Young people must not be Neglected – Governor General

Governor-General, His Excellency the Most Hon. Sir Patrick Allen has emphasised that in seeking to transform the society, Jamaicans must ensure that the young people are not neglected.

“We must engage and involve them in our undertakings. In addition to adding a fresh perspective and relevance, they are the key to the continuity of our existence,” he pointed out.

Speaking at the United Way of Jamaica’s 25th anniversary awards ceremony at the Hilton Hotel, on June 2, Sir Patrick stressed that the young people are the future, and are critical in the process of re-shaping the country.

“We need to protect, nurture, socialise and train them to be worthwhile persons and valuable citizens,” he said.

Meanwhile, the Governor-General extended condolences to families who lost loved ones during operations by the Security Forces in West Kingston, recently.

“It was yet another defining moment in our nation’s history, and a time that we will not soon forget. Unfortunately it was a moment marred by conflict, bloodshed, suffering, grief, displacement and bewilderment,” he said.

He also commended the efforts of those who were committed to maintaining peace and good order in the country, adding that Jamaicans are now in a situation where “our moral obligation as volunteers is needed.”

“The innate selfish nature of human beings has taken its toll on us to the point where, as a result of nurturing individualistic ambitions, we have fostered a culture whereby individual gain supersedes the well-being of other persons. We have forgotten how to be our neighbours’ keeper,” the Governor-General said.

He argued that the decent, dedicated and hardworking members of the society are in the majority, despite the “violence, vulgarity, declining values and economic vicissitudes that confront us.”

The Governor-General noted that the United Way Programme has become synonymous with workplace philanthropy, which is a creative way that allows employed persons an opportunity to support the work of the private sector through payroll deductions.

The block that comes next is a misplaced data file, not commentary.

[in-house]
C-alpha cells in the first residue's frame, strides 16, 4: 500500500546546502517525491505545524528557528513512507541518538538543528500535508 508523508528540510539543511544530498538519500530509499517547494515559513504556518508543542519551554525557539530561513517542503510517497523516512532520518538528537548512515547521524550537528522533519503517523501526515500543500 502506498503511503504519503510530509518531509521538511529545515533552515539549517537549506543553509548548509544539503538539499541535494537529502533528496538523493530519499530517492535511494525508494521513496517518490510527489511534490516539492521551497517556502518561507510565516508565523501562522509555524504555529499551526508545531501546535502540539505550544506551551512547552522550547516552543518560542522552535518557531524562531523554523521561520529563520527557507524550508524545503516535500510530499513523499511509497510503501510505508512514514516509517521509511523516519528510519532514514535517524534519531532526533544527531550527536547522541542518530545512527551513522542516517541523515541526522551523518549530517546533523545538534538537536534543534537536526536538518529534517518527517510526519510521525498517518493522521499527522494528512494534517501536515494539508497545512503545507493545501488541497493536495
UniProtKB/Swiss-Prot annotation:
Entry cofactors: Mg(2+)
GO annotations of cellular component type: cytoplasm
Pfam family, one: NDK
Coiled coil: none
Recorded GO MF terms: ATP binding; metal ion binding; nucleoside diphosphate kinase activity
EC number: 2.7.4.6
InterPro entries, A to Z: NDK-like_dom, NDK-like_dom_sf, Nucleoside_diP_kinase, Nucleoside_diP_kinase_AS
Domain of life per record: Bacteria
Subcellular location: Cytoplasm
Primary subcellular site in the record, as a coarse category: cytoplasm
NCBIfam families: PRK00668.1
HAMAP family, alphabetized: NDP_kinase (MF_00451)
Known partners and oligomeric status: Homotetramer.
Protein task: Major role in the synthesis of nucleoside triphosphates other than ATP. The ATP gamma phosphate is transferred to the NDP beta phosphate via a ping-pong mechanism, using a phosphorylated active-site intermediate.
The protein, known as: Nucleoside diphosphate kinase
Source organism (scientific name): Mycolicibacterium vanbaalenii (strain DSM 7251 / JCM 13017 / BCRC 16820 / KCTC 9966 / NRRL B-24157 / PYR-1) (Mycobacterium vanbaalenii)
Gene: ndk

“Here in Jamaica, the programme has become institutionalised. I note that since 1985, you have disbursed more than $1 billion to over 4,000 agencies, projects and institutions islandwide,” he noted.

In 2009, donations totalled approximately $80.7 million, which represents a 40 per cent increase in corporate and individual donations over the previous year. “This therefore. makes your goal of collecting $90 million in 2010 quite achievable,” the Governor-General said.

Chairman, Board of Governors, United Way of Jamaica, Noel DaCosta, in his remarks, noted that the organisation continues to provide opportunities for Jamaicans to care and share, “and we are committed to our mission to increase the organised capacity of people to care for one another.”

The United Way of Jamaica is a dynamic, people-oriented, non-partisan organisation, providing services for strengthening other organisations within the voluntary sector, and bringing together donors, volunteers and agencies for the ultimate benefit of disadvantaged persons at the national and community levels.

Since its inception in 1985, the organisation has mobilized resources to fund skills training, health care, education, agricultural, community development and youth empowerment programmes across Jamaica. In times of disaster, the organisation has played pivotal roles in restoration efforts, especially in the agricultural sector.